Huge success of ‘Dangal’ sets the scene for future Sino-Indian film collaboration

Andy Boreham

Andy Boreham



BOLLYWOOD has found the pot of gold at the end of the rainbow with the release of “Dangal” in China, which is sure to pave the way for future collaborations between two of the world’s largest film markets.

The film — released in China as “Shuai Jiao Ba! Baba” (Let’s Wrestle, Dad!) — stars Indian megastar Aamir Khan as a father trying to relive his former wrestling glory by training his two daughters in what is a male-dominated sport in a male-dominated society.

The tear-jerker is a welcome break from the special effects-ridden Hollywood blockbusters that have sucked up China’s annual quota of 34 international film releases, which makes its success all the more interesting.

And what a success it has been! “Dangal” has already raked in huge box office in China, and is on its way to becoming the first Bollywood film ever to do better in an overseas market than it did at home in India.

This stellar run has been the talk of India’s entertainment media for more than two weeks, and for good reason.

Chinese filmgoers are used to a steady stream of Hollywood blockbusters, spending huge amounts of money to see artistically questionable releases such as “The Fate of the Furious,” “Transformer: Age of Extinction” and “Kong: Skull Island.” This week “Dangal” overtook “Guardians of the Galaxy 2” at the current top spot in China.

But there’s bad news for foreigners living in China wanting to check out the film — it’s been released throughout China without English subtitles. If your Chinese language skills aren’t up to speed and you don’t speak Hindi, it might be best to check out “Dangal” in some other format.

Bollywood films aren’t new to China with hits like “Awara” (1951) and “Caravan” (1971) becoming classics here before and after the “cultural revolution” (1966-76). “Awara Hoon,” the theme song from “Awara,” was known by heart by many Chinese fans, despite being in Hindi. “Dangal” may just signal a return to the golden years of Bollywood film in China, especially with anticipated changes to the number of foreign films played here.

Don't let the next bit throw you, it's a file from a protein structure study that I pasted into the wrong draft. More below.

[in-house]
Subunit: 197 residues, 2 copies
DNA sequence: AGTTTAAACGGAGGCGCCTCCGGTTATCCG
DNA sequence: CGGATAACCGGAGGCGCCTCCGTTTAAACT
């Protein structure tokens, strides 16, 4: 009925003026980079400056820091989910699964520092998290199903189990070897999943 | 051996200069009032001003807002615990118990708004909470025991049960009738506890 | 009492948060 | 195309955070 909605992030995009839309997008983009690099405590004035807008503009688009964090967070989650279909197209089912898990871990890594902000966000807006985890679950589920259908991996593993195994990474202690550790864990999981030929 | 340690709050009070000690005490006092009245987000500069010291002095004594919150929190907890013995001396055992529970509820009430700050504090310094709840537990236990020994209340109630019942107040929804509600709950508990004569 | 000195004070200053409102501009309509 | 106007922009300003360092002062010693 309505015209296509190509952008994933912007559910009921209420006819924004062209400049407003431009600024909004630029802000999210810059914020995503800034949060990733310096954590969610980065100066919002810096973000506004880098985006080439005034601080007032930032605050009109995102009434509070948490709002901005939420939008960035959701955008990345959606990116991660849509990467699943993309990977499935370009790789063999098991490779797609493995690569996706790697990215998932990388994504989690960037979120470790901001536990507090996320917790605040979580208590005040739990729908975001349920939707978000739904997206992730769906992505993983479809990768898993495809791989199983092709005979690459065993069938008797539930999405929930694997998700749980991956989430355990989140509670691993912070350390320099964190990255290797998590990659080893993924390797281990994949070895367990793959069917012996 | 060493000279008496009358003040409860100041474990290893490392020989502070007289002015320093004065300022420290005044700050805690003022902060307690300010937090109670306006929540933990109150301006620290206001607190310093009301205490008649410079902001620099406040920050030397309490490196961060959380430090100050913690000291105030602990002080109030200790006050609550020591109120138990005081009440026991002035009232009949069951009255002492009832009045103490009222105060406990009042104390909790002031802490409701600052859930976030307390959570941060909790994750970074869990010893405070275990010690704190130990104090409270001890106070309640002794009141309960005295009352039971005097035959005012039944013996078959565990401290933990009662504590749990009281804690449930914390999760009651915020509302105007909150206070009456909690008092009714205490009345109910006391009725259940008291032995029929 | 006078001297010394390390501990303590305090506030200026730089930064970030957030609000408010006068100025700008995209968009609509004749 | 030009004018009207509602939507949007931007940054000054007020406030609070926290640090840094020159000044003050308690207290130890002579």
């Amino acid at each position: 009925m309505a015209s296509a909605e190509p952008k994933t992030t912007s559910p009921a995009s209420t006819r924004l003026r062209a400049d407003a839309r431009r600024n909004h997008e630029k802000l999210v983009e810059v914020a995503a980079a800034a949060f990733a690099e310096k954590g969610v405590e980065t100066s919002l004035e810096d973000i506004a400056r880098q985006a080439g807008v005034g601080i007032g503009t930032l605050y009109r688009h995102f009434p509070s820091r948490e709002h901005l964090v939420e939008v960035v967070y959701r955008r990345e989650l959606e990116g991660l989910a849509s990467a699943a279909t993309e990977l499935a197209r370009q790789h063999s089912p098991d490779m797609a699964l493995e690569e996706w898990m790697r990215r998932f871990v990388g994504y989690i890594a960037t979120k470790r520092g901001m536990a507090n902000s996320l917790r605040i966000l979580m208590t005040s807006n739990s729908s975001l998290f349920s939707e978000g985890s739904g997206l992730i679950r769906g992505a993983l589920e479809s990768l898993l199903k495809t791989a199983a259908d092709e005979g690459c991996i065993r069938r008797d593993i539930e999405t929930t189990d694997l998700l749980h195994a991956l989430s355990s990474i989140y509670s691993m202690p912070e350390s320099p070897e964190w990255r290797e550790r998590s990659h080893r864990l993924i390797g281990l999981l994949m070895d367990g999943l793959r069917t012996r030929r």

China’s international film release quota is most likely set to be expanded this year when the new five-year plan comes into effect, but negotiations between the leaders of China and the United States mean that even with a higher number of foreign films released here, Hollywood will still dominate. That’s why the success of “Dangal” in China is such an important boon for Bollywood, putting the world’s fifth-largest film market in a better position to negotiate.

Films released in China are not subject to a rating system, meaning that anything screened here needs to be suitable for all audiences. This has been a point of contention for many Tinseltown producers. Hollywood box office smash “Logan” was released here with 14 minutes of hardcore violence gone, sending Hollywood into a song and dance. “Dangal,” on the other hand, had 30 minutes willingly cut by Khan — he’s also one of the film’s producers —  in order to be more palatable to Chinese audiences. This was not due to violence or any other objectionable content — instead, Khan was worried that the local audience would find the original 169 minutes too long.

An upcoming Bollywood blockbuster, historical war drama “Tubelight” is a collaboration between India and China which boasts not only one of Bollywood’s biggest stars, Salman Khan, but Chinese actress Zhu Zhu as Khan’s love interest. This is a blatant attempt to appeal more strongly to Chinese audiences, and was already in the works before the runaway success of “Dangal” these past two weeks.

The huge success of a film with no special effects, no romance and no frills might well send a chill down the spines of the producers of “Tubelight,” who may now have come to realize that Chinese audiences are perhaps more sophisticated than earlier thought.

What’s for sure, though, is that we can expect to see more and more collaborations between Bollywood and China’s film industry. Forbes magazine say that this marriage of convenience “has the potential to be the next big disruption in the entertainment space globally.”

I’ll be watching closely.

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